Right to protection from retrospective criminal laws
Section 27 of the Charter of Human Rights and Responsibilities (the Charter) says that you cannot be found guilty of a criminal offence if your action was not considered a crime when you committed it. If you are found guilty of a criminal offence and given a penalty, the penalty must not be greater than it would have been when you committed the offence. The Charter applies to public authorities in Victoria, such as state and local government departments and agencies, and people delivering services on behalf of the government.
How does the law protect me?
Under this right, you cannot be found guilty of a criminal offence if your action was not considered an offence when you committed it.
If you are found guilty of a criminal offence, your penalty cannot be greater than it would have been at the time you committed the offence.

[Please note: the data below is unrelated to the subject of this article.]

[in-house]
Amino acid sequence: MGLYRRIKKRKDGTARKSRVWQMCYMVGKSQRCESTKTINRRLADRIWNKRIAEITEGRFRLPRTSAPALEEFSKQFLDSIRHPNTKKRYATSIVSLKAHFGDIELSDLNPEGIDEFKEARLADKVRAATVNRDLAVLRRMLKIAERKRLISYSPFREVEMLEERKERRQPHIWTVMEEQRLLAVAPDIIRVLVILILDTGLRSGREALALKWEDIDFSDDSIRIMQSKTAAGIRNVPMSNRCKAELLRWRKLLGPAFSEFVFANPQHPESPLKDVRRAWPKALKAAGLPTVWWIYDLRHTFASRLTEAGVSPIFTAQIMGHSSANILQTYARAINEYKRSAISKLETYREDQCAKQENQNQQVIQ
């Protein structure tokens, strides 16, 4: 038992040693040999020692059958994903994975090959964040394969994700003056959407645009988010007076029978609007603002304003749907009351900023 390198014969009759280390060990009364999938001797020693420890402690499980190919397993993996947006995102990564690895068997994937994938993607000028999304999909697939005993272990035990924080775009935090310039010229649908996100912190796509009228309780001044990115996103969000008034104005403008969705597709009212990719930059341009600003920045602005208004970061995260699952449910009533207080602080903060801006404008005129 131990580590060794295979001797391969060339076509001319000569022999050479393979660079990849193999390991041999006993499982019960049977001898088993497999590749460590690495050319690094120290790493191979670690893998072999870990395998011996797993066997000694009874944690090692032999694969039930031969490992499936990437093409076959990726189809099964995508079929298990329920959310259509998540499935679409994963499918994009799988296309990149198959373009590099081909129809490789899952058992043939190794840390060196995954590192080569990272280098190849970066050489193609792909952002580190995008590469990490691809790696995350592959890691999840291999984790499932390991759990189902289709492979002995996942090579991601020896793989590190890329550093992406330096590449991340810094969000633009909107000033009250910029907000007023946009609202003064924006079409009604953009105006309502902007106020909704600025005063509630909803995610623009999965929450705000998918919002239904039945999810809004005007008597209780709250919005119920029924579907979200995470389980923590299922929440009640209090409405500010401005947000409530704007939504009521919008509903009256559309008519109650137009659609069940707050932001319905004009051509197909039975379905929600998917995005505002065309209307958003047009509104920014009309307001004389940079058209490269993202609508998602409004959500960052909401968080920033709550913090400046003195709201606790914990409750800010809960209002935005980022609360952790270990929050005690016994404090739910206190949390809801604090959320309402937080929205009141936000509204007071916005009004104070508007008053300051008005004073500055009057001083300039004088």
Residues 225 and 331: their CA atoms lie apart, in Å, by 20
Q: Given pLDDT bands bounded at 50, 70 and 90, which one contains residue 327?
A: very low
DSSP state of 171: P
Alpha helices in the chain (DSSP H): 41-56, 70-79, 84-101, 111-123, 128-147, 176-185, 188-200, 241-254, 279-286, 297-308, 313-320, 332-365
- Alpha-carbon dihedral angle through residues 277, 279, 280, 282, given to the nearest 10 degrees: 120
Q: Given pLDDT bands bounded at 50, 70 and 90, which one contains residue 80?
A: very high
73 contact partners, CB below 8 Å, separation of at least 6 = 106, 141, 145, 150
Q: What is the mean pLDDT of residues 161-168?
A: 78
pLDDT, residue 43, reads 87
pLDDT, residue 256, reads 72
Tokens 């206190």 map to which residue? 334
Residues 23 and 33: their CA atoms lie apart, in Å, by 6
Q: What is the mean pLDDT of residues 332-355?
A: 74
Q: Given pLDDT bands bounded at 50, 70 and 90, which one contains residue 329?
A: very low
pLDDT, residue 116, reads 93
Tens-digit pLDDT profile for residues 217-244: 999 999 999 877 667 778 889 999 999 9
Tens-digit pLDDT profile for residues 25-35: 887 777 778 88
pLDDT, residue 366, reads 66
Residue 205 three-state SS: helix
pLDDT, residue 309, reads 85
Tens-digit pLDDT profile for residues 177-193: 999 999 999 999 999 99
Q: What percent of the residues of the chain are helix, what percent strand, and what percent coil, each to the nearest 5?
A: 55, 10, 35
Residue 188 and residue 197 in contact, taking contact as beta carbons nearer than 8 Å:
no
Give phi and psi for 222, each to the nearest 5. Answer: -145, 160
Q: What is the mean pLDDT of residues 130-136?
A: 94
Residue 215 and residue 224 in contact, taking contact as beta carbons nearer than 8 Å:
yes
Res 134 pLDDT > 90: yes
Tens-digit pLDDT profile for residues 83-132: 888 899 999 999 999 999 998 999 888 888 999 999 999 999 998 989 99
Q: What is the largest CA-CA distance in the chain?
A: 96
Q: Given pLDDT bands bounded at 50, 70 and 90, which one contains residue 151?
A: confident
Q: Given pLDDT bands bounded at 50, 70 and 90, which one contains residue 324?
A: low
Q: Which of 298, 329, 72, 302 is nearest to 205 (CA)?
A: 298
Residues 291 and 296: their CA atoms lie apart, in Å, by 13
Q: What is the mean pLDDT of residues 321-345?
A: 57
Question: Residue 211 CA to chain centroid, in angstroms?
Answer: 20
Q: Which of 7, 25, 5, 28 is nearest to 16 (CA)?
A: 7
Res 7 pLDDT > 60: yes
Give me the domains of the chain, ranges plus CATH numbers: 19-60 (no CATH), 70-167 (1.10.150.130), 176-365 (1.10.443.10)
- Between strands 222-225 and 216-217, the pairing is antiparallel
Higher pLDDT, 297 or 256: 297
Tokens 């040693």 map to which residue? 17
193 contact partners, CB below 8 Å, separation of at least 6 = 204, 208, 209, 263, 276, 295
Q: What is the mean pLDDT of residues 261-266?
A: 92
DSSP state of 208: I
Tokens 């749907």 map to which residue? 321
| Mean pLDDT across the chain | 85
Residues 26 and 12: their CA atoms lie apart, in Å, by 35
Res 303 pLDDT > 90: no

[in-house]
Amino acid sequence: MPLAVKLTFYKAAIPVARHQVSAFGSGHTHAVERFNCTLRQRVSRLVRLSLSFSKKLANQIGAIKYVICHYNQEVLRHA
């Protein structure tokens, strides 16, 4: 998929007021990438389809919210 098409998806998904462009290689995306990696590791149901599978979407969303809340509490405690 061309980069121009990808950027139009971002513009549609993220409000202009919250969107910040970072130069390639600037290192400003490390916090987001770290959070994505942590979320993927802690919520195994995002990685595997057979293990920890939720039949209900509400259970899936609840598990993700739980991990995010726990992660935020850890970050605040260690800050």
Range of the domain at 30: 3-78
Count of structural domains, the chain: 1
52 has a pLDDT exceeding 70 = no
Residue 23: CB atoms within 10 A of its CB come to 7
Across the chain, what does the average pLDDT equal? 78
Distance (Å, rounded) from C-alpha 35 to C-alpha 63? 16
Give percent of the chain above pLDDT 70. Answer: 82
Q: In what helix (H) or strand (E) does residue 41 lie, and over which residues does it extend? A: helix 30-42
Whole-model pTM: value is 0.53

If the penalty for an offence is reduced after you committed it but before you are sentenced, you are eligible for the reduced penalty.
Can this right be limited in any way?
As well as being covered by the Charter, the right to protection from retrospective criminal laws is also covered by international law. It is considered a non-derogable right – that means the government cannot limit or suspend this right under any circumstances.
However, section 27(4) of the Charter contains an exception to the protection against retrospective criminal laws – this exception means that you can be prosecuted for a criminal offence under international law (such as genocide or a crime against humanity), even if the your actions may not have been a criminal offence under Australian domestic law at the time you committed them.
How we can help
We can give you information about Victoria’s Charter of Human Rights and Responsibilities but the Victorian Equal Opportunity and Human Rights Commission does not handle complaints related to the Charter.
If you would like more information about the Charter and your rights contact us.
For information about the legal history of this right, case law or Australia’s human rights framework, you can read more in our Policy and Legal sections of this website.
How to make a human rights complaint
If you think your human rights have been breached, you should contact the Victorian Ombudsman.
If you want to make a complaint about police conduct, contact the Independent Broad-based Anti-corruption Commission.